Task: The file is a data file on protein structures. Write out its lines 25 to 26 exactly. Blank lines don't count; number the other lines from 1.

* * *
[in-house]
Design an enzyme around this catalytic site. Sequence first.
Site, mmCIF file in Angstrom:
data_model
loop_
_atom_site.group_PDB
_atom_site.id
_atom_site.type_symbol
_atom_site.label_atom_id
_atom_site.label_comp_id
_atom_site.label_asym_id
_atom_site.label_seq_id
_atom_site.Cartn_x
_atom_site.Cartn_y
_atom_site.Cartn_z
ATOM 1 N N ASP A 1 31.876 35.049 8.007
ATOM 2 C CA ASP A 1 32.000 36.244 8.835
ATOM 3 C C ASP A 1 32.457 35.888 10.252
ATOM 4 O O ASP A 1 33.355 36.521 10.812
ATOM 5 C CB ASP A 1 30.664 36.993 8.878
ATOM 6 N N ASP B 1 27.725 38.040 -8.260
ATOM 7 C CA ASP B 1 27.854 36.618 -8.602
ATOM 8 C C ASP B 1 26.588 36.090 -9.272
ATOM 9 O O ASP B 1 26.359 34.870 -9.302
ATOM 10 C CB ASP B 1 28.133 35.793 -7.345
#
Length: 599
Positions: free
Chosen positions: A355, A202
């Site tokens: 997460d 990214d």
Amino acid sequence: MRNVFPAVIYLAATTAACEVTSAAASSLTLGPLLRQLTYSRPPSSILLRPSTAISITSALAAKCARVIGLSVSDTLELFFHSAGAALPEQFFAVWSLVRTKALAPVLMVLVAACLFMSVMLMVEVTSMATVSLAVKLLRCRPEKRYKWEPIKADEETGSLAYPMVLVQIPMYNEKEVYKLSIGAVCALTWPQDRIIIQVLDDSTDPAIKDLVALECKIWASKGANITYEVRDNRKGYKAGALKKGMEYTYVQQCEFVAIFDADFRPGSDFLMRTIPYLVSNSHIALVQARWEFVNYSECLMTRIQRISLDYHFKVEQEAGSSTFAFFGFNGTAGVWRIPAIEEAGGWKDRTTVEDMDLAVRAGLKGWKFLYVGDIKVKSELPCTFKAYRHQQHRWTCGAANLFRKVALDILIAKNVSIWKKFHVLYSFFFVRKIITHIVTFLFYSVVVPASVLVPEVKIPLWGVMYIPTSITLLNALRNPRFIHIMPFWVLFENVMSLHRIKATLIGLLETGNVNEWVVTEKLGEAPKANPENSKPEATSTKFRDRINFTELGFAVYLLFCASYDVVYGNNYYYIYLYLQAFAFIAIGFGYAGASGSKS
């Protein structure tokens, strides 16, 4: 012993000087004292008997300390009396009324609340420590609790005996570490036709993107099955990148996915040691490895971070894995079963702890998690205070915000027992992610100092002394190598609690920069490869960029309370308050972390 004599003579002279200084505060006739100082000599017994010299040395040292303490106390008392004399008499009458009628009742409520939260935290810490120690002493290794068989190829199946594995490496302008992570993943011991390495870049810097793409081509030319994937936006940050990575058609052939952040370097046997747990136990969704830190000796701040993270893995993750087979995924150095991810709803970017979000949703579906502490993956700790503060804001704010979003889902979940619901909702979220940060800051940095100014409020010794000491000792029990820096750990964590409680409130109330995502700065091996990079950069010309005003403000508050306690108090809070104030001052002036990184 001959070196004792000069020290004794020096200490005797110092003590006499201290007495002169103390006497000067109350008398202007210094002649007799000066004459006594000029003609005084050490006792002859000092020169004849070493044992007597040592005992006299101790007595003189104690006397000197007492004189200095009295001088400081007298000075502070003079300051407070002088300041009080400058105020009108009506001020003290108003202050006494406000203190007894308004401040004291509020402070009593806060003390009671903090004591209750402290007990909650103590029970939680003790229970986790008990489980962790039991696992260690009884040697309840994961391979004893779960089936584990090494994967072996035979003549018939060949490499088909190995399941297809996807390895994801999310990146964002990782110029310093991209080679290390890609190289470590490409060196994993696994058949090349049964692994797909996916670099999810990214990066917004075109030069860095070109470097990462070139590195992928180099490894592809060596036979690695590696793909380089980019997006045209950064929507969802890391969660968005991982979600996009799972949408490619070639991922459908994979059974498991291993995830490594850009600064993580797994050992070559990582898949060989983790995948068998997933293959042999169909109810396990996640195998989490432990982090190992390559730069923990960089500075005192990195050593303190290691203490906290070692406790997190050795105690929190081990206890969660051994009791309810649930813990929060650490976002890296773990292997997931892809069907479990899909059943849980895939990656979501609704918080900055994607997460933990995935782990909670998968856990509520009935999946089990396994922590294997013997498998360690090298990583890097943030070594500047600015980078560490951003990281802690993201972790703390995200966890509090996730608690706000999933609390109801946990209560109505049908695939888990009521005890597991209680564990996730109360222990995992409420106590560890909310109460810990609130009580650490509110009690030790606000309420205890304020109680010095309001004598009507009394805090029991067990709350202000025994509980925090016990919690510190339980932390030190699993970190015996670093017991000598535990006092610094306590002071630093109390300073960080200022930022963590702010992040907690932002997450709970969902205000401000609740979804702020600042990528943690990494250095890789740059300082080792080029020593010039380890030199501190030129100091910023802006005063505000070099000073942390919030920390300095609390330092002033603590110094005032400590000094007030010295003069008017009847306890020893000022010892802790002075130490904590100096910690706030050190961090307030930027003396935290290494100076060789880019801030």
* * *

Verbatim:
ATOM 10 C CB ASP B 1 28.133 35.793 -7.345
#